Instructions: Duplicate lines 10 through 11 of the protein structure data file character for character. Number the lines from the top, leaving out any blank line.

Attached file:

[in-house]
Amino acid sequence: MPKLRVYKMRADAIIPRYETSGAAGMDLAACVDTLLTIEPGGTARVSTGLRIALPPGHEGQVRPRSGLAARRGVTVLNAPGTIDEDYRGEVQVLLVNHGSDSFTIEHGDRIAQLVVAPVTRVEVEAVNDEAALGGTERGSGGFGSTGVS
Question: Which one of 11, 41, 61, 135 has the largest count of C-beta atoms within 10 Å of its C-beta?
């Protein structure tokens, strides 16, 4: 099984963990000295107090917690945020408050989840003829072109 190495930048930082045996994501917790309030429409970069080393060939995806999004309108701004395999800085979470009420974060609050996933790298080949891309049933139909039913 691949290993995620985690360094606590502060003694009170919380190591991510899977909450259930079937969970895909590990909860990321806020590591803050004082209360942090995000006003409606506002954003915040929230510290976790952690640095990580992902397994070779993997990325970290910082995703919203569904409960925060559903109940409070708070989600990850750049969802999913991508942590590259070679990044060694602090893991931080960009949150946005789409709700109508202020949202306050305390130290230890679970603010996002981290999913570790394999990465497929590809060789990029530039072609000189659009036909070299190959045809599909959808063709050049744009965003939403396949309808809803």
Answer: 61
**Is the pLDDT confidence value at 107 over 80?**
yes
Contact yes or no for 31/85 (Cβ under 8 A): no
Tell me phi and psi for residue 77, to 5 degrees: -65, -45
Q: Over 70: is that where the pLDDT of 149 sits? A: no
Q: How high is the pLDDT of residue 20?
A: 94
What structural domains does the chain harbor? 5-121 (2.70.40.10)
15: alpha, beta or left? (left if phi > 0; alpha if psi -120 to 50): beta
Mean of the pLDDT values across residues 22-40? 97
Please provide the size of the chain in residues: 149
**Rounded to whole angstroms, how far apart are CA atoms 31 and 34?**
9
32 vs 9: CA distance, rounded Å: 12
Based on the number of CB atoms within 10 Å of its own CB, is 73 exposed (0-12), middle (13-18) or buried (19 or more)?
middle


Q: Over 70: is that where the pLDDT of 149 sits? A: no
Q: How high is the pLDDT of residue 20?